Capitalism is a miracle. Really. The Vatican should look into it; there are probably certain honors that should be bestowed and formalities that ought to be followed. If the immaculate conception of cash—the transformation of resources that are free and abundant into those that are expensive and exclusive—isn't a divine wonder, I don't know what is. I bet someone could figure out how to sell sunshine.

Bottled water is classic example, the one about which we can all chuckle. Water falls from the sky, flows through the ground and comes out of the tap—but give us an opportunity to buy it packaged in plastic from a company that supports a military dictatorship on the other side of the world, and we'll whip out the wallet. Ha, ha.

Bottled water gives us the illusion of mountain-spring freshness (45 percent of what's sold in the US comes out of the tap anyway) for an absurd trade: 50 million gallons of oil used annually and a couple of million tons of trash each year. We get islands of plastic waste the size of Texas floating in the ocean. The companies that sell the water earn profits as high as 600 percent. Capitalism is so miraculous, it's funny. Ha, ha.

Then there's health care. The top 10 health insurance companies in the US have seen their profits rise 428 percent since 2002. Yet Americans are in the streets demanding the right to continue paying these ever-escalating prices, rather than turning to public—ie, non-capitalist, health care. We are some savvy consumers. It might seem stupid, but that only lends credibility to how miraculous it is.

Another amazing feat of capitalism is its monopolization and profit from the airwaves. In the US, the public proudly owns the airwaves. Congress saw the power of broadcast as a necessary asset of the public way back in 1934 and decreed it be ever thus. As it stands today, though, the few mega corporations that dominate almost all broadcast only have to send a little note to the FCC every eight years in order to assure the government of all the public service that they have been providing. Ha, ha—public service from huge media conglomerates—that's another capitalist crack-up. The estimated value of the airwaves we, the people, give to these conglomerates each year for free is about a half-trillion dollars. If that's not God's work, I guess it would seem kind of creepy.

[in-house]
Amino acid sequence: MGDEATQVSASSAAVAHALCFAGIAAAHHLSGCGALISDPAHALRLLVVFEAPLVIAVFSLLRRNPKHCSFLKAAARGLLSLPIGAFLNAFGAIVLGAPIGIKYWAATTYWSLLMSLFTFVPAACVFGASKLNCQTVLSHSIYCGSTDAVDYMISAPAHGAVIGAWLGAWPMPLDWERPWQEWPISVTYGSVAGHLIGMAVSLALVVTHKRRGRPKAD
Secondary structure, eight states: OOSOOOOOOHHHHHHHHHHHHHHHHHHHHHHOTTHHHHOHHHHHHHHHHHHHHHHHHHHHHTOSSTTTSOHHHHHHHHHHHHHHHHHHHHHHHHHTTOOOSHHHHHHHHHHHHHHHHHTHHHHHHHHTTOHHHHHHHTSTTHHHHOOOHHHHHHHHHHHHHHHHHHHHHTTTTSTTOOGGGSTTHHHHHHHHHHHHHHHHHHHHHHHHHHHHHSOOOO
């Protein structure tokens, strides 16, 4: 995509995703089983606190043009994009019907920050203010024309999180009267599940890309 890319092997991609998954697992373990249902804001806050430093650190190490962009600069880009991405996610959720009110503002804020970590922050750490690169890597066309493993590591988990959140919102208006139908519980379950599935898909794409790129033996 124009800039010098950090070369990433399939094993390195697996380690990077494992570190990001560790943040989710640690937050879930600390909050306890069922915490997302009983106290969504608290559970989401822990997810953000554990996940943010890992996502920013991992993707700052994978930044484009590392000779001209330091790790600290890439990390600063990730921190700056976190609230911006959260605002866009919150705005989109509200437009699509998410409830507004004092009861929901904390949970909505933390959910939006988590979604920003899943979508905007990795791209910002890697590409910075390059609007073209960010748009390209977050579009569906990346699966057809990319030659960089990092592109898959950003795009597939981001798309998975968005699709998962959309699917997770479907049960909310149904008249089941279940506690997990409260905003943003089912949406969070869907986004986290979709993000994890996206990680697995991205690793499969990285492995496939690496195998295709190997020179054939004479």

Public Service Company of New Mexico knows all about good—yet profitable—works and wants to get in on the miracle. In fact, PNM is going into the sunshine business. Solar energy is abundant in New Mexico and PNM wants to help everyone get a little pocket of sunshine. Amen.

PNM wants to add 4,000 megawatts of hot, sun-pumped power to New Mexico's energy grid. PNM already has approximately 2,300 MW coursing through wires as we speak, so this is a bold increase. Like doubling down at Blackjack. Never mind the state's estimated capacity of 27,000 MW; some miracles begin modestly.

Most of the solar power for which PNM claims credit is actually generated by its customers—individuals with solar panels on their rooftops who actually sell unused power to PNM. Rather than reinvent the wheel with some kind of big, solar panel installation of its own, PNM proposes to add new power by using more of its customers' property. PNM will provide the panels, the installation and even a modest leasing fee for customers willing to have solar panels placed on their property. Talk about win-win.

Sure, some heretics, er, solar experts—like the Renewable Energy Industries Association of New Mexico—suggest PNM is making some kind of capitalist power play and that the company's interests don't necessarily align with the public good. Don't these non-believers know that PNM's slogan is "A personal commitment to New Mexico"? Sheesh.

OK, it is true that homeowners who engage PNM's new program would not receive tax credits or own the panels or be able to sell power back to the utility company.

It also is true that New Mexico allows municipal solar financing. Municipalities have the right to create special districts in which citizens may finance the purchase of solar power equipment over the long-term via property taxes. Santa Fe doesn't have a district yet, but city and county staff are working out the details of how to structure one and arrange the financing. Several communities across New Mexico are actually on the verge of initiating solar financing through property tax.

I guess it's probably just a coincidence that PNM has suddenly launched a program that kind of looks directly aimed at killing homeowner empowerment and keeping customers on its utility leash.

No, it's more than a coincidence. It's a miracle.